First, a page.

This is the part where we normally remind you that we're only 10 games into the season. There is still a lot of time for the B's to wake up and defend their Cup in earnest. But it's also worth noting that the Northeast Division and Eastern Conference are looking better this season.

They can't afford to sleep in too long until the headache goes away.

Any be-Leafers now?

When do you start believing in what the Toronto Maple Leafs are doing? Ron Wilson's crew is 7-3-1 begin the year. The last three games, including Saturday's OT win over the Penguins, have been with starting goaltender James Reimer injured. They did get tripped up by the Sens on Sunday night in a great game.

We chuckled at the uber optimism Leafs fans were feeling with the quick start and statements such as Phil Kessel is headed for Wayne Gretzky numbers. Now there is a bigger sample size of 10 games and Kessel has 10 goals with eight assists. It's still a small sample size, however it's easier to take big projections. Don't expect Gretzky numbers, but it could be a monster season nonetheless.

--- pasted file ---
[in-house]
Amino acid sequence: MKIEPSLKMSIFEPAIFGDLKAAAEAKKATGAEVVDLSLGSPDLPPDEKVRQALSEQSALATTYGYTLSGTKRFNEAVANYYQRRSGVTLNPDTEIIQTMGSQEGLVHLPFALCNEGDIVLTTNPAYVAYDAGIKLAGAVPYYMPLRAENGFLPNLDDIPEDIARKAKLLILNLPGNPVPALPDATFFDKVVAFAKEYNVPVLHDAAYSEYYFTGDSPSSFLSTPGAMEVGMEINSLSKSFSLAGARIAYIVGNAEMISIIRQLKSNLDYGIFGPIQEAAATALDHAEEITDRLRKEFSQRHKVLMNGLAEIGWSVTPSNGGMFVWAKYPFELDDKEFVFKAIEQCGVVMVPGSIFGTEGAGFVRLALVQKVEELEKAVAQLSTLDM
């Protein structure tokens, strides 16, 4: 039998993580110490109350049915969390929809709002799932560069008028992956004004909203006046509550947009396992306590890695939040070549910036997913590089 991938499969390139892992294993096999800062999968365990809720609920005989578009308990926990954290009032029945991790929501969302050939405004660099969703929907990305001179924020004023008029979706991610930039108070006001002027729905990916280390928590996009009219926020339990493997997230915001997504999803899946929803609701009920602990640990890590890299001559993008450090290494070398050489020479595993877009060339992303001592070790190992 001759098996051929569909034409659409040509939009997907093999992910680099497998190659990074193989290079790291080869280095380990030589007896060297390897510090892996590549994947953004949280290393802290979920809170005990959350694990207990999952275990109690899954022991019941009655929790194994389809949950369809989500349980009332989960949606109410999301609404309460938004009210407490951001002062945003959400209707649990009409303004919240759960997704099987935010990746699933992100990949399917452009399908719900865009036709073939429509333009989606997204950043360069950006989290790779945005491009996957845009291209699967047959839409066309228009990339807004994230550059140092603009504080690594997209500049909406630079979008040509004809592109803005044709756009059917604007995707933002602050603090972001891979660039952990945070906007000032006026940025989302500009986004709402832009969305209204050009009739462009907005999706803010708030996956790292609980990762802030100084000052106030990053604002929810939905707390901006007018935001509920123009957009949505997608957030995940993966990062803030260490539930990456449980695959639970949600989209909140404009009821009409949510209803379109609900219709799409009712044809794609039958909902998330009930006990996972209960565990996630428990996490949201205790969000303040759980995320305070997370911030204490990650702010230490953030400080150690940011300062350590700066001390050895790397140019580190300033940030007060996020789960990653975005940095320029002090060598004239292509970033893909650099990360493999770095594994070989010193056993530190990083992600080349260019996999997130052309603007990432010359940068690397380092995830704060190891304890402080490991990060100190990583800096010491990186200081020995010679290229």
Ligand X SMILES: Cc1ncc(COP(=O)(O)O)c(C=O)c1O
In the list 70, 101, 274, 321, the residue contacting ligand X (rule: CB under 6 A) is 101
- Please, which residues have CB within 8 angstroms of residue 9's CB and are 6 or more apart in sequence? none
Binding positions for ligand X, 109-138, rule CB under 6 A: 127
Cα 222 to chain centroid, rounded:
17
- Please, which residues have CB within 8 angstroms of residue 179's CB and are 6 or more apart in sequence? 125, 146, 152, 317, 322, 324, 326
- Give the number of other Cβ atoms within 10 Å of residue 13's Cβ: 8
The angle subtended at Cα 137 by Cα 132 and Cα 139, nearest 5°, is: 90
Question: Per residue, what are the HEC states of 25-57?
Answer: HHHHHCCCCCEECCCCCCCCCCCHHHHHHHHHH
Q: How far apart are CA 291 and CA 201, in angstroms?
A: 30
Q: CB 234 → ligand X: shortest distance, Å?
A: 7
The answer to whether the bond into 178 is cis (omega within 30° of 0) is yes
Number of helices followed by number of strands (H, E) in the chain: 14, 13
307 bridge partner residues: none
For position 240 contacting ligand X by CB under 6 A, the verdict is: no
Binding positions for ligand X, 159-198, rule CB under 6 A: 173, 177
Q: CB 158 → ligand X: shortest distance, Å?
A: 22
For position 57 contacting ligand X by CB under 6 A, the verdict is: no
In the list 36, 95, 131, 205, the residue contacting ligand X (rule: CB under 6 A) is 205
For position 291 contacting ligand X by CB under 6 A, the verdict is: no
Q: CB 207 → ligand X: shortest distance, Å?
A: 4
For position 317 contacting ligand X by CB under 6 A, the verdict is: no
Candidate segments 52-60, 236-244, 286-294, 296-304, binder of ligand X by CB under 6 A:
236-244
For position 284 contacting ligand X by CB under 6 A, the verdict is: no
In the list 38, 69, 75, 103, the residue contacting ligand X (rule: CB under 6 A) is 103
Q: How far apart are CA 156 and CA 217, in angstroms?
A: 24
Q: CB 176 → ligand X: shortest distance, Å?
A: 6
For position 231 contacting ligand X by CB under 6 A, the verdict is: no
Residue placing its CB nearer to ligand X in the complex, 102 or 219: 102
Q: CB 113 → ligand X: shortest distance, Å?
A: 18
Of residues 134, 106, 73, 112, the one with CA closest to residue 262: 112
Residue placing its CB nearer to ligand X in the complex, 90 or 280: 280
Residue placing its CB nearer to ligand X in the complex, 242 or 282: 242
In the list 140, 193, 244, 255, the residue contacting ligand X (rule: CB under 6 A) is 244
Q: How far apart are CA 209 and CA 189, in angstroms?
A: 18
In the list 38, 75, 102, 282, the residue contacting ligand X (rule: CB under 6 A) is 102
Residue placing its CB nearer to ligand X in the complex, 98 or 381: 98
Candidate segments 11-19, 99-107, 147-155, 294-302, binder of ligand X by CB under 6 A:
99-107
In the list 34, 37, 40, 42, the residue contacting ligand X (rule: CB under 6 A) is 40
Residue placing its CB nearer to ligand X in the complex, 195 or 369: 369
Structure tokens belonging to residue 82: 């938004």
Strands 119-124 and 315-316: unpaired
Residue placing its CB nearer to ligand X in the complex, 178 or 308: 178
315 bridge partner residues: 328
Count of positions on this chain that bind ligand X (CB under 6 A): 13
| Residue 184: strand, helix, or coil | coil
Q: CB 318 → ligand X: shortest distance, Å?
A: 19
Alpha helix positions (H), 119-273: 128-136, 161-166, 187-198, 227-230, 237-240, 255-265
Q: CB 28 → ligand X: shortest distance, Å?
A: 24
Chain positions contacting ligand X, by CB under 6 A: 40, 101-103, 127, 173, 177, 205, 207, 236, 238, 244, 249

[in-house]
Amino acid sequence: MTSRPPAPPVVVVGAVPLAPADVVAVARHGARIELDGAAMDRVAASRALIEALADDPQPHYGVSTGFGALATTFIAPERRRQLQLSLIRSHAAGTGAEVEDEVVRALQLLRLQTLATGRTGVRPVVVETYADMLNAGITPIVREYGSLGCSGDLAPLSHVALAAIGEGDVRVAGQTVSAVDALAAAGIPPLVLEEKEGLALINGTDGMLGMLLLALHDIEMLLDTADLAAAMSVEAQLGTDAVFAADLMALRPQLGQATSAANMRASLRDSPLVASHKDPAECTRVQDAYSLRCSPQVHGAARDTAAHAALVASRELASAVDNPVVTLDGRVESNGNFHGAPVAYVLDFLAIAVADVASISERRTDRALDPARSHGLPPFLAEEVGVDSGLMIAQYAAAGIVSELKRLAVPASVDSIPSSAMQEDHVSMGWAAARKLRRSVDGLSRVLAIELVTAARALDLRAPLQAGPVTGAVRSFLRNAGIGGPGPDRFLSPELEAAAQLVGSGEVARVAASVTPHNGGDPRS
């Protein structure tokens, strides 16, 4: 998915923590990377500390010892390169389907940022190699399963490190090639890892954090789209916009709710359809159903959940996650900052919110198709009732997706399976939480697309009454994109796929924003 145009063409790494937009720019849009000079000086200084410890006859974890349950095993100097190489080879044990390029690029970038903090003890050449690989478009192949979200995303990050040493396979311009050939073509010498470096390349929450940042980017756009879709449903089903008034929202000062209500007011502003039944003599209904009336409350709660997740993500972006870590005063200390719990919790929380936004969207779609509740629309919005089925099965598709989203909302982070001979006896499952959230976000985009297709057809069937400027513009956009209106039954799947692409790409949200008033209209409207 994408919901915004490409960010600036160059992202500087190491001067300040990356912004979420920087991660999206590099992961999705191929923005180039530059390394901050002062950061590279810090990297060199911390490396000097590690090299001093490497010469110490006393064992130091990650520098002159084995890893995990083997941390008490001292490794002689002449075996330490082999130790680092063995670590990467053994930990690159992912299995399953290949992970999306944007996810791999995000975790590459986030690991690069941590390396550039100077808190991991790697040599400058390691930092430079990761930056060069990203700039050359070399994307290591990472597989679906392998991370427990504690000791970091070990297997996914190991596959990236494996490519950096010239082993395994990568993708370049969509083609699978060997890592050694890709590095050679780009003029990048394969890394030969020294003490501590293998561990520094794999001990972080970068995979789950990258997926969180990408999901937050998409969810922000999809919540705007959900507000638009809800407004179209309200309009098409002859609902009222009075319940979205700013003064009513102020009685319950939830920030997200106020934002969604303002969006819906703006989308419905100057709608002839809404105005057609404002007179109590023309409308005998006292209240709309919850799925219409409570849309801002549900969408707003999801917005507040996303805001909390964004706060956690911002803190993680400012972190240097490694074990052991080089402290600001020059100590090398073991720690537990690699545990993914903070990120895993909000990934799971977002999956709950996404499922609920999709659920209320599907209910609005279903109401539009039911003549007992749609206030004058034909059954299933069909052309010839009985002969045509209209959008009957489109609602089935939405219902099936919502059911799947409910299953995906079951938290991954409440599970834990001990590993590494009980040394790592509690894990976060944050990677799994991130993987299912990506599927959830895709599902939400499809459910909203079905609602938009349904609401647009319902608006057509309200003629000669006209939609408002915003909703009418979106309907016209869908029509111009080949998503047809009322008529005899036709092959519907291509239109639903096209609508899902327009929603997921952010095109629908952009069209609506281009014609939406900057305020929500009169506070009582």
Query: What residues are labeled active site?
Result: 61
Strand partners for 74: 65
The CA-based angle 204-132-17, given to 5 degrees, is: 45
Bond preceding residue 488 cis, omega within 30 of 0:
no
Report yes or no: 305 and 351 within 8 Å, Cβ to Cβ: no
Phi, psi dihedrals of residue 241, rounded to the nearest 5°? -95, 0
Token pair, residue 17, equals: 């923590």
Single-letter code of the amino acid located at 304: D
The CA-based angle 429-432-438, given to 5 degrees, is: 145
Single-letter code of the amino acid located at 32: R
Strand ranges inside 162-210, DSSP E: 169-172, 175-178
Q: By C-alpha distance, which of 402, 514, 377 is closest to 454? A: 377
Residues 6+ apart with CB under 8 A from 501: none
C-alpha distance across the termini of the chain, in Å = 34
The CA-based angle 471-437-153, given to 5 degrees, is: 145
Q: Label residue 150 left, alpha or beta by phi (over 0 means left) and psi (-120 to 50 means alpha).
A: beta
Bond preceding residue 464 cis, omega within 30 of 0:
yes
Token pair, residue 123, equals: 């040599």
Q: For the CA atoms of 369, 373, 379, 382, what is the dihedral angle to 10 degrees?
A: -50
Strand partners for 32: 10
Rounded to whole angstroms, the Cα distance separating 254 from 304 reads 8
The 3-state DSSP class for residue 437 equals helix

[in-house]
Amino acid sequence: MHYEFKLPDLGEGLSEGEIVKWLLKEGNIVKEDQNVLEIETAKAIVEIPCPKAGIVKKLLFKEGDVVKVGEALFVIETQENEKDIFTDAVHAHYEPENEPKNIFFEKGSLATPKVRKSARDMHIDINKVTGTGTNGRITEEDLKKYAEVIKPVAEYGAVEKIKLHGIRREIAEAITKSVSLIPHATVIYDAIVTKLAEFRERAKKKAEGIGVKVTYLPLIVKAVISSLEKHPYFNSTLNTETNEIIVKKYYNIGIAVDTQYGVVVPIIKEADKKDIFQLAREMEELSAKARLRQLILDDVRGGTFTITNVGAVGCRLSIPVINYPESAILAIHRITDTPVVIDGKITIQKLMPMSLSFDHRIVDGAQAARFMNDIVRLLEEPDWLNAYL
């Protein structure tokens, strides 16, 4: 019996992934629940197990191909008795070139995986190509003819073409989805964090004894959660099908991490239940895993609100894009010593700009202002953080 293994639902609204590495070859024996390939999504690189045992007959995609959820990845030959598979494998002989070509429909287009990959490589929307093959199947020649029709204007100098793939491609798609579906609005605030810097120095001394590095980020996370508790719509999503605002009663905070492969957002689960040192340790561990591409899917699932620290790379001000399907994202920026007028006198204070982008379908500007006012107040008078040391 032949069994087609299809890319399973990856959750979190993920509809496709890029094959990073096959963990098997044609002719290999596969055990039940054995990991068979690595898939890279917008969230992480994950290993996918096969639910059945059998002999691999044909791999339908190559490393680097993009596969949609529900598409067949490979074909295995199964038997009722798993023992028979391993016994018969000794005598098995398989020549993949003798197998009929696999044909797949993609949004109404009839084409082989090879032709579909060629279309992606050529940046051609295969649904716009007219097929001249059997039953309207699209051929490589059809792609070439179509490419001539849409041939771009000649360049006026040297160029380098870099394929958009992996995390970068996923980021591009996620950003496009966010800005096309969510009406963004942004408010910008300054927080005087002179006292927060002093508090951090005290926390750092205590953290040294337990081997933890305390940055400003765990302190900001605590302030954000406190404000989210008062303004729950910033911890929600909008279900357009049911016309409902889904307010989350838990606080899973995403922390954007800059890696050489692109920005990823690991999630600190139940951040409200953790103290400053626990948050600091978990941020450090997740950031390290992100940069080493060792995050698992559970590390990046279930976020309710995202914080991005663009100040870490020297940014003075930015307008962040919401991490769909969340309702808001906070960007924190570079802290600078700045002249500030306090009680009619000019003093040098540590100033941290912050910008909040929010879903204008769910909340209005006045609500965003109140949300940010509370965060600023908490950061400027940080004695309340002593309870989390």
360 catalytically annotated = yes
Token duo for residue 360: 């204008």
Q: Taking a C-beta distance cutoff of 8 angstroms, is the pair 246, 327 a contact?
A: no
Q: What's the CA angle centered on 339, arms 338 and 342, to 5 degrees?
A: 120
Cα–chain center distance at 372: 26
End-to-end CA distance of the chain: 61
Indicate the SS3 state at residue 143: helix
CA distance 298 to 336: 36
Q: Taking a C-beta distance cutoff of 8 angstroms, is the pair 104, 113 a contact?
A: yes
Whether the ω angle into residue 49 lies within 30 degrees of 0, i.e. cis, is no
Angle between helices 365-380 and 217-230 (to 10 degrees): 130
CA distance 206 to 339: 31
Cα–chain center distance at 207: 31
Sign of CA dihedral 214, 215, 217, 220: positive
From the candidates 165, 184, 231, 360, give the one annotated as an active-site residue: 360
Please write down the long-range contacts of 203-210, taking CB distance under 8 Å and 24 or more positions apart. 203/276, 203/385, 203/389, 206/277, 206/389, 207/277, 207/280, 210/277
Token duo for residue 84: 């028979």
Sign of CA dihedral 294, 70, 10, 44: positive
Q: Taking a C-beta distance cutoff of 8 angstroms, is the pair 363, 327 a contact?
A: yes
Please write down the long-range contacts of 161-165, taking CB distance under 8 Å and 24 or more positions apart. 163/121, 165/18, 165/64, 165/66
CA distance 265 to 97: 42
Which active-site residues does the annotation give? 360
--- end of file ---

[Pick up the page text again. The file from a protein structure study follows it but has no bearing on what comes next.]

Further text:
Speaking of monsters, Jonas Gustavsson has fared certainly well enough in Reimer's absence. With Reimer sidelined for a little bit, this was Gustavsson's chance to show he could handle the backup duties himself. So far so good. He was good enough on Saturday for Ron Wilson -- one of the few coaches on Twitter -- to pronoune him the starter for Sunday night's game against Ottawa, a loss.

"Great win. Monster was huge and gets start tomorrow. Komo keeps getting better. Dion and Phil are the best at their positions in NHL!"